Mehran stressed the powerful words that we must not accept harassment, we must not accept inequalities and we must give back.

She wrapped up her incredible presentation with, "You just have to set it all, keep your eye on the ball just like they tell you in baseball and in tennis to keep your eye on the ball and make sure you hit that bull's eye. Work hard and it will come to you."

She concluded with her favorite quote by Maya Angelou:

"Do your best you can until you know better, then when you know better, do better."

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Athena Poppas, MD, FACC
President of the American College of Cardiology
"Strategic Leadership and Change Management"

Strategic leadership has never been as important as it is in these challenging times of the pandemic. Athena Poppas, MD, FACC, referred to the importance of influential leadership and rightly said that one does not have to have a title to lead.

These challenging times, like the COVID-19 pandemic, are an incredible opportunity for each one of us to step up and contribute. She explained that strategic leadership is not linear, but mostly a circle – anticipating things, recognizing challenges, interpreting and making decisions, staying aligned but learning along the way.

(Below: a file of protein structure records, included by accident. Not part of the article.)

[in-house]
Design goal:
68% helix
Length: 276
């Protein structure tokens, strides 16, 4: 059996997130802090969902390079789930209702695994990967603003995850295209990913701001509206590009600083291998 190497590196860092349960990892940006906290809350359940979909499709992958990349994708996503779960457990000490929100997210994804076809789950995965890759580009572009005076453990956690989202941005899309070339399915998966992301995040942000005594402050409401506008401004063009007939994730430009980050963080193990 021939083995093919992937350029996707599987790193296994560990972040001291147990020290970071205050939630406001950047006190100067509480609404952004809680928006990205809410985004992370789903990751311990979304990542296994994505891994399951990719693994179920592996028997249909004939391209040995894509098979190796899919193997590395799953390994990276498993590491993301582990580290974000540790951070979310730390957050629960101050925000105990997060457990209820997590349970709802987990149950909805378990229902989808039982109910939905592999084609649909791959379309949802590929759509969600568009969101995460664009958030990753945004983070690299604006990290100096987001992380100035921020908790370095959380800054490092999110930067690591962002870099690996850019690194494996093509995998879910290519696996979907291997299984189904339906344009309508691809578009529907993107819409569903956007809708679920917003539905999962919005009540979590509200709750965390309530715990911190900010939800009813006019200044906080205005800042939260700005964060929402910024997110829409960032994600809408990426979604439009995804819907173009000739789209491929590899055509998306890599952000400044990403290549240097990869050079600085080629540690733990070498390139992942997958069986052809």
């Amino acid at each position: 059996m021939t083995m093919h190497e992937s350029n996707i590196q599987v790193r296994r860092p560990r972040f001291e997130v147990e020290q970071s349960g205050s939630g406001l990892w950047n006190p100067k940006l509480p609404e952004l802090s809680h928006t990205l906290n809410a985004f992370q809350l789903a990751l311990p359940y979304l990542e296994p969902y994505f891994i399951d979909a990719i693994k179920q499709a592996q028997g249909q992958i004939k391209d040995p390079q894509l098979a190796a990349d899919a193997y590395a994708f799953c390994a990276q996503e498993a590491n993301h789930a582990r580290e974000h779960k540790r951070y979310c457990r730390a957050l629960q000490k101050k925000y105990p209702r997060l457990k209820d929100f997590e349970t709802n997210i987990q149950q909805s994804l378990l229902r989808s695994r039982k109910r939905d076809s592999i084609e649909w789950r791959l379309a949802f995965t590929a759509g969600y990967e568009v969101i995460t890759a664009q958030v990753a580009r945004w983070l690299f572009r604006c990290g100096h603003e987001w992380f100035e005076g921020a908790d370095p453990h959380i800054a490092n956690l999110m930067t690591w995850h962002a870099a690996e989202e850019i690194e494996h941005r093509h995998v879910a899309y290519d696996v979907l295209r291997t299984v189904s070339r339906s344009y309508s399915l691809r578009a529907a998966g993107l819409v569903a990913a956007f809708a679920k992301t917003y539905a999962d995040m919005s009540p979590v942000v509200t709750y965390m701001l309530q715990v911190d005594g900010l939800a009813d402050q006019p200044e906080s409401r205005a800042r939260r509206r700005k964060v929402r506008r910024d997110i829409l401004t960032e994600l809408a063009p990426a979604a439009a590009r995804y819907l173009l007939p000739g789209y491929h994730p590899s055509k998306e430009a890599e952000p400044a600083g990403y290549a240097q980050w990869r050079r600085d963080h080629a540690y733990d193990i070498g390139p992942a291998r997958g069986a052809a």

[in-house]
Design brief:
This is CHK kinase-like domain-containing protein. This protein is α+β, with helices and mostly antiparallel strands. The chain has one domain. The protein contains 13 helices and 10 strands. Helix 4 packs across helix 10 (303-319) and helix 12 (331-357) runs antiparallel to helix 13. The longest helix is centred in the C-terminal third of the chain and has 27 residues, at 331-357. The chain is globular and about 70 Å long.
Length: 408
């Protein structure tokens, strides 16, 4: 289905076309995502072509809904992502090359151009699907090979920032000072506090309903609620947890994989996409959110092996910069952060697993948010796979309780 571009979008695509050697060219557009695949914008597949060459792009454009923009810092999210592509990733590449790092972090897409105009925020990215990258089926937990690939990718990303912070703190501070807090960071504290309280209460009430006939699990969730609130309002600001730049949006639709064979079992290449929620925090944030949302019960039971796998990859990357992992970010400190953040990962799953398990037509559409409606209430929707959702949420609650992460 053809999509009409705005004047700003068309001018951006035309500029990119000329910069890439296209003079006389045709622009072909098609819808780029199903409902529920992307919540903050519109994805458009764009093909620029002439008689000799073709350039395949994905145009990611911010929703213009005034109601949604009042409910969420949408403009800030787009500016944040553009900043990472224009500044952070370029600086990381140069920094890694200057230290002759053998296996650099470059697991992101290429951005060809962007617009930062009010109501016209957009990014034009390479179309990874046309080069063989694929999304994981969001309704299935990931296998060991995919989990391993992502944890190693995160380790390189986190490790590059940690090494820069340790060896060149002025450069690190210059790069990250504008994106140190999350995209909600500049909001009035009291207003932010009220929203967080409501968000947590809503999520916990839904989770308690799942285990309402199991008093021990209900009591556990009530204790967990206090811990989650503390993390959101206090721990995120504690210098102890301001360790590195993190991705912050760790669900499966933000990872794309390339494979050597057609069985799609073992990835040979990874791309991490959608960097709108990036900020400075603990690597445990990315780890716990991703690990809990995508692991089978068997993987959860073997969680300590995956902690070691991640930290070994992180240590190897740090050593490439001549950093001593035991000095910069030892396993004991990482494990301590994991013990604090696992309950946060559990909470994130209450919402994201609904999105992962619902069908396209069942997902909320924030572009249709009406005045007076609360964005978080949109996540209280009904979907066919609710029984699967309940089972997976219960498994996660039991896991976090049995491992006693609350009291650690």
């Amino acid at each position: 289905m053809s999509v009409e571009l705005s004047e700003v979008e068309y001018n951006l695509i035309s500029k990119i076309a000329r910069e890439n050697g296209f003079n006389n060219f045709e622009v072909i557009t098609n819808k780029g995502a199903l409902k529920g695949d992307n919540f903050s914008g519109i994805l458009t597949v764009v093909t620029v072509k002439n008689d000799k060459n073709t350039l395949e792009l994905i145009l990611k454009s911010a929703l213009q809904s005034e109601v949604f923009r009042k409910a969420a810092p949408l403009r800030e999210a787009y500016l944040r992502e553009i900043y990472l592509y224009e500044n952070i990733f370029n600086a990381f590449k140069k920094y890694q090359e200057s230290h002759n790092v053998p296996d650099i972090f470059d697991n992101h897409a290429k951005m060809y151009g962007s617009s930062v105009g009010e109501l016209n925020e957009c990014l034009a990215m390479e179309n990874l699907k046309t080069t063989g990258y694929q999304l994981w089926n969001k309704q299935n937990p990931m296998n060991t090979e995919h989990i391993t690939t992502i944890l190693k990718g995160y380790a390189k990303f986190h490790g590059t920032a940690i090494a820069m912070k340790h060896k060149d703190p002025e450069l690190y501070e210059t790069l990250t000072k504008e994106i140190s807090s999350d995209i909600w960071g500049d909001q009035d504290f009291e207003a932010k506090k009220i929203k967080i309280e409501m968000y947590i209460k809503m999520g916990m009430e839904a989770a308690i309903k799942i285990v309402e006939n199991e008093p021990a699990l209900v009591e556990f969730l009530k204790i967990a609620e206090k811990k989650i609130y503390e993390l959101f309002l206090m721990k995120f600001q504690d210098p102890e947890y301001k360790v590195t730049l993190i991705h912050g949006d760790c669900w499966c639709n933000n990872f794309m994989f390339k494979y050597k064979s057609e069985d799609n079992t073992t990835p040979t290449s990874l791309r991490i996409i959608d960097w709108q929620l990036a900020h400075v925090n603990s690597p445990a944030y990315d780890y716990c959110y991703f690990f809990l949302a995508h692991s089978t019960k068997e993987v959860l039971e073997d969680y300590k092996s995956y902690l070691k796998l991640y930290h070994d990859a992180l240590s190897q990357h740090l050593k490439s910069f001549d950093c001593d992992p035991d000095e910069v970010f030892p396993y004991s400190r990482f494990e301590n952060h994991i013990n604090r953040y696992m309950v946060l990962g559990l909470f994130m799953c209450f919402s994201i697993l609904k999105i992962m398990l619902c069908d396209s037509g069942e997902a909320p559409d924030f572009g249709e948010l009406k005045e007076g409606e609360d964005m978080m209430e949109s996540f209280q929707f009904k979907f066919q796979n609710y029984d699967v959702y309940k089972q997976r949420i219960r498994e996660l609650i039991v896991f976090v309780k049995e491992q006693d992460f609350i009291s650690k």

Poppas then shared some of the key tools from her leadership toolbox:

  1. Authenticity is the most essential, she emphasized.
  2. Using our influential skills rather than telling someone what to do – utilizing the tools of change management to bring people along.
  3. Conflict management and working together.
  4. Realizing one's own strengths, being honest about internal strengths, and bouncing off friends and allies. Also, being cognizant about weaknesses with a goal to improve is key.
  5. Lastly, she stressed "putting yourself out there and seizing those opportunities is another key element."

Poppas concluded by saying that working on change management and strategic leadership is a continuum and is a continuous cycle of learning. At the same time, succession planning with mentoring and helping others is key so that if one leaves tomorrow, there is an entire group there that can do that for you.

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Andrea Russo, MD, FACC
Immediate Past-President of the Heart Rhythm Society (HRS)

Andrea Russo, MD, FACC, described how in her very first week as the president of the Heart Rhythm Society (HRS), a controversial topic of Maintenance of Certification (MOC) surfaced. HRS had been looking into ways to create a less disruptive and more customizable educational program and certification.

In these times, HRS put together an MOC Task Force and conducted a member survey assessing the feasibility of other options. Throughout this tough battle, it was resilience that helped her look into options that would be relevant to the HRS members.

Then came along these unprecedented times with the COVID-19 pandemic and the annual HRS meeting that was going to be in jeopardy.

Russo and her team had to consider safety of travel and alternate ways to deliver education. Arrhythmias related to the coronavirus needed attention with protocols, how to deliver EP care to our patients in the COVID-19 era while protecting our EP team by reducing their exposure became a priority.